Women of Color are kicking butt in Idaho!

Monday, November 01, 2010

by Maria Nakae

I was inspired and humbled when I talked to Dina Flores-Brewer, a board member of Women of Color Alliance (WOCA) in Idaho. You might be thinking, “There’s an alliance of women of color in Idaho?” I might have not known about them either if they weren’t a member of the Groundwork Strategic Cohort. Groundwork, a collaboration between EMERJ and Western States Center, is working with eight grassroots groups in Oregon, Idaho and Washington to build a movement for reproductive justice in the Pacific Northwest by making change on a range of issues that are core to Strong Families. WOCA has just come out with a fantastic new resource, The WOCA Roadmap to Voting: A Voter Guide for Women of Color.

A second generation Idahoan, Dina grew up taking great pains to deny her Latina roots. It wasn’t until she moved to Portland that she saw diversity embraced.  Thirteen years later she returned to Idaho to bring her experience back to her family.  As a mother of two, she doesn’t want them to face the same hurdles she did. “I talk to young women in junior high and high school, incredibly bright young women who are withering away because they’re not being encouraged. It’s been 25 years since I’ve been in high school, and nothing has changed.”

Dina became a disability rights attorney, and she’d already been doing advocacy for years when she attended her first WOCA conference in 2003. She participated in a 2-day training on internalized racial oppression (IRO); it struck a chord and she was immediately hooked. She became a member soon after and was invited to join the board in 2004.

Since its founding in 1999, WOCA has been empowering individual women across the state to take action on issues that impact them and their families. The IRO training is their signature program, and they’ve brought it to different communities across the state, including largely rural communities in Eastern and Central Idaho.

Many of them have the same reaction that Dina did. “We’ve heard from some of the women and they say it changed their lives. Their husbands have called and said, ‘what are you going to do for us men?’ It’s funny that something that small – a couple of days working with these ladies – and they start seeing patterns in themselves and why they think the way they do. Here in Idaho, the attitude toward ethnic groups, particularly Hispanics and Natives, is so negative that you can’t help but swallow it in, look in mirror, and try to tell yourself, ‘that’s not me.’”

As a next step to the voter guide, which encourages women of color and their communities to take action to support strong families through the midterm elections, WOCA is launching a public policy training in December to build the skills and knowledge of community members to respond to the legislature when bills come up that impact families and communities.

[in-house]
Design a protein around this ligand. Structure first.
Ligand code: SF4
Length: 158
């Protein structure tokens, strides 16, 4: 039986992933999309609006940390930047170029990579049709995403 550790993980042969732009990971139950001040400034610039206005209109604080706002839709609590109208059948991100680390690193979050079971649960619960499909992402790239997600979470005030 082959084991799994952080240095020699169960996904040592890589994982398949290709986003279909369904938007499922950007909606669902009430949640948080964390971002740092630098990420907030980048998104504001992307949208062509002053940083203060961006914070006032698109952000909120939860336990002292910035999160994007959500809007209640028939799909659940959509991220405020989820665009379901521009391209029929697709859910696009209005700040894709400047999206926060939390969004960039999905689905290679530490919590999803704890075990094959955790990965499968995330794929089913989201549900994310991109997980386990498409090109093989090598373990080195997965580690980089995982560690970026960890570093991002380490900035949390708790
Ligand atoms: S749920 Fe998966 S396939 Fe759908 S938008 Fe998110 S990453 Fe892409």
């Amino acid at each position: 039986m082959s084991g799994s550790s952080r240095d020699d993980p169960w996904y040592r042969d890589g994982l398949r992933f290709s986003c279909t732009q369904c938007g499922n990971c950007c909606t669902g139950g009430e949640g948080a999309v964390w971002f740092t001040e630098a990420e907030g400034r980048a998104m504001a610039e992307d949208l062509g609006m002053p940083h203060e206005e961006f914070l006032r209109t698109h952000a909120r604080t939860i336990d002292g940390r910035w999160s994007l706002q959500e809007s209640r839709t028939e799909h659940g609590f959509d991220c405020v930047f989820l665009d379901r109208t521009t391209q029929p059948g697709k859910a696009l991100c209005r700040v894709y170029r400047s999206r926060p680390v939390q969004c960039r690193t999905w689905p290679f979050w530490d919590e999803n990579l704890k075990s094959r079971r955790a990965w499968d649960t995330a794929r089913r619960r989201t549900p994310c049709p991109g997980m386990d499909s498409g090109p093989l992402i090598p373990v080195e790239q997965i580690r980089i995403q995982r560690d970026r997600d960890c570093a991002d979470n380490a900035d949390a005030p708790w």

When I asked her what WOCA was hoping to achieve, Dina answered: “We would love to see an army of women of color testifying in front of the legislature when they try to hack the school budget or criminalize immigration. There are rumors that we’ll be seeing an Arizona-like bill. We’d like to see a room full of ladies.” So would I!

Like most other parts of the country, the reality in Idaho is that if women of color don’t advocate for themselves and their families, no one else is going to do it for them. WOCA is one of two grassroots organizations in the entire state dedicated to advocating for women of color. The State Women’s Commission, which was the only state body specifically geared toward women’s issues, was disbanded by the Governor two years ago. The governor also proposed to de-fund the Idaho Commission on Hispanic Affairs, which is now hanging on by a nail after a large grassroots effort and protests by allies in public office. Similarly, many disability groups have been on the chopping block of state councils and state commissions.

But women of color in Idaho like Dina have been fighting to be visible and keep their families strong. “Being a mother and having children, it would be easy to move out of state and just let it go. But this is where my children are going to grow up and if I don’t fight for them, nobody else is going to.” And her greatest hopes for them? “To have no limits, to do whatever they want, without having someone else put barriers up in their way.” And the work of WOCA just might make that possible.

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